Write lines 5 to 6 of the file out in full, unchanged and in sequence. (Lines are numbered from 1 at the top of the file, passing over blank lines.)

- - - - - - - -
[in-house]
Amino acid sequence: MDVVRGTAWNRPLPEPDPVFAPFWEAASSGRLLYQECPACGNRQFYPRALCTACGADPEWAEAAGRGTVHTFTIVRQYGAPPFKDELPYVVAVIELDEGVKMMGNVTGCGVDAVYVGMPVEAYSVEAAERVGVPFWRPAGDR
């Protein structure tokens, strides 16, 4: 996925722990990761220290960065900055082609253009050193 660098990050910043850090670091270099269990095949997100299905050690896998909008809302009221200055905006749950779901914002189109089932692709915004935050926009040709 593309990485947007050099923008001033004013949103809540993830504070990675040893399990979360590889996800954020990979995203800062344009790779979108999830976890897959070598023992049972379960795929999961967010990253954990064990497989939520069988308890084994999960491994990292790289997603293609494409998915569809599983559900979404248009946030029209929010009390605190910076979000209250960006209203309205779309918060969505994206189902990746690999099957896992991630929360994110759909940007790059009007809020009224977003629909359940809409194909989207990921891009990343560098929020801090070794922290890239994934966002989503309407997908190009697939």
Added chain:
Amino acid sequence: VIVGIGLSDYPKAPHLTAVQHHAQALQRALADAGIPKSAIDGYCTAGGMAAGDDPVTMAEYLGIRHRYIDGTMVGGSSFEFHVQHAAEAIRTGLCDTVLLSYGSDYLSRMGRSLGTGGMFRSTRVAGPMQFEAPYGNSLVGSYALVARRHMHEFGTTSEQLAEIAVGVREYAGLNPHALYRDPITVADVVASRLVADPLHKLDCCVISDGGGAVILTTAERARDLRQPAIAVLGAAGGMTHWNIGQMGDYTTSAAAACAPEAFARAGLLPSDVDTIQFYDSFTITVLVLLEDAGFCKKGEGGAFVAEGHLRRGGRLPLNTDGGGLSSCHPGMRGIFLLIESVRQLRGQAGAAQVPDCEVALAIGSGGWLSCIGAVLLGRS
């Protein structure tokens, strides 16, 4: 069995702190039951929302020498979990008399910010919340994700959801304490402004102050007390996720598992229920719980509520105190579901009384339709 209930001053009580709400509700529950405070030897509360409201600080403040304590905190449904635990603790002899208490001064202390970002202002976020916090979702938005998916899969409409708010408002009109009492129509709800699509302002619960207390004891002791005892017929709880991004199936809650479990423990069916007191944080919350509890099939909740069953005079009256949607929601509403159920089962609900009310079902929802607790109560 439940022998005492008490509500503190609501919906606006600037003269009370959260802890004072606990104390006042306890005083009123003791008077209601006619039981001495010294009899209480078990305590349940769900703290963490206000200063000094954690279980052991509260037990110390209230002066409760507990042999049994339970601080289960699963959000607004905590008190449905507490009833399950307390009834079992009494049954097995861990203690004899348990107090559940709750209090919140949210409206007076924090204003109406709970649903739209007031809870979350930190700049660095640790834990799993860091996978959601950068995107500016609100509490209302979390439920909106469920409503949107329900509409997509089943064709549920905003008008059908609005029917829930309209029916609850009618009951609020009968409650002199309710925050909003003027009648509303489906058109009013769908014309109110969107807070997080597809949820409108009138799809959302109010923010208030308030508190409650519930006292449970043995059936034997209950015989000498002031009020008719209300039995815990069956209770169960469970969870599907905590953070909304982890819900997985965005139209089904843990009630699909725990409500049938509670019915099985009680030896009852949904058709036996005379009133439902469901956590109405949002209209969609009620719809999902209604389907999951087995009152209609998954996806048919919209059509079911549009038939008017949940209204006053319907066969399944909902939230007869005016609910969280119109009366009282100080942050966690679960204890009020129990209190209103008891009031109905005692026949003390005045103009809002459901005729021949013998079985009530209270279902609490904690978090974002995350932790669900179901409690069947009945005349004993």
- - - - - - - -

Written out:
Amino acid sequence: VIVGIGLSDYPKAPHLTAVQHHAQALQRALADAGIPKSAIDGYCTAGGMAAGDDPVTMAEYLGIRHRYIDGTMVGGSSFEFHVQHAAEAIRTGLCDTVLLSYGSDYLSRMGRSLGTGGMFRSTRVAGPMQFEAPYGNSLVGSYALVARRHMHEFGTTSEQLAEIAVGVREYAGLNPHALYRDPITVADVVASRLVADPLHKLDCCVISDGGGAVILTTAERARDLRQPAIAVLGAAGGMTHWNIGQMGDYTTSAAAACAPEAFARAGLLPSDVDTIQFYDSFTITVLVLLEDAGFCKKGEGGAFVAEGHLRRGGRLPLNTDGGGLSSCHPGMRGIFLLIESVRQLRGQAGAAQVPDCEVALAIGSGGWLSCIGAVLLGRS
């Protein structure tokens, strides 16, 4: 069995702190039951929302020498979990008399910010919340994700959801304490402004102050007390996720598992229920719980509520105190579901009384339709 209930001053009580709400509700529950405070030897509360409201600080403040304590905190449904635990603790002899208490001064202390970002202002976020916090979702938005998916899969409409708010408002009109009492129509709800699509302002619960207390004891002791005892017929709880991004199936809650479990423990069916007191944080919350509890099939909740069953005079009256949607929601509403159920089962609900009310079902929802607790109560 439940022998005492008490509500503190609501919906606006600037003269009370959260802890004072606990104390006042306890005083009123003791008077209601006619039981001495010294009899209480078990305590349940769900703290963490206000200063000094954690279980052991509260037990110390209230002066409760507990042999049994339970601080289960699963959000607004905590008190449905507490009833399950307390009834079992009494049954097995861990203690004899348990107090559940709750209090919140949210409206007076924090204003109406709970649903739209007031809870979350930190700049660095640790834990799993860091996978959601950068995107500016609100509490209302979390439920909106469920409503949107329900509409997509089943064709549920905003008008059908609005029917829930309209029916609850009618009951609020009968409650002199309710925050909003003027009648509303489906058109009013769908014309109110969107807070997080597809949820409108009138799809959302109010923010208030308030508190409650519930006292449970043995059936034997209950015989000498002031009020008719209300039995815990069956209770169960469970969870599907905590953070909304982890819900997985965005139209089904843990009630699909725990409500049938509670019915099985009680030896009852949904058709036996005379009133439902469901956590109405949002209209969609009620719809999902209604389907999951087995009152209609998954996806048919919209059509079911549009038939008017949940209204006053319907066969399944909902939230007869005016609910969280119109009366009282100080942050966690679960204890009020129990209190209103008891009031109905005692026949003390005045103009809002459901005729021949013998079985009530209270279902609490904690978090974002995350932790669900179901409690069947009945005349004993």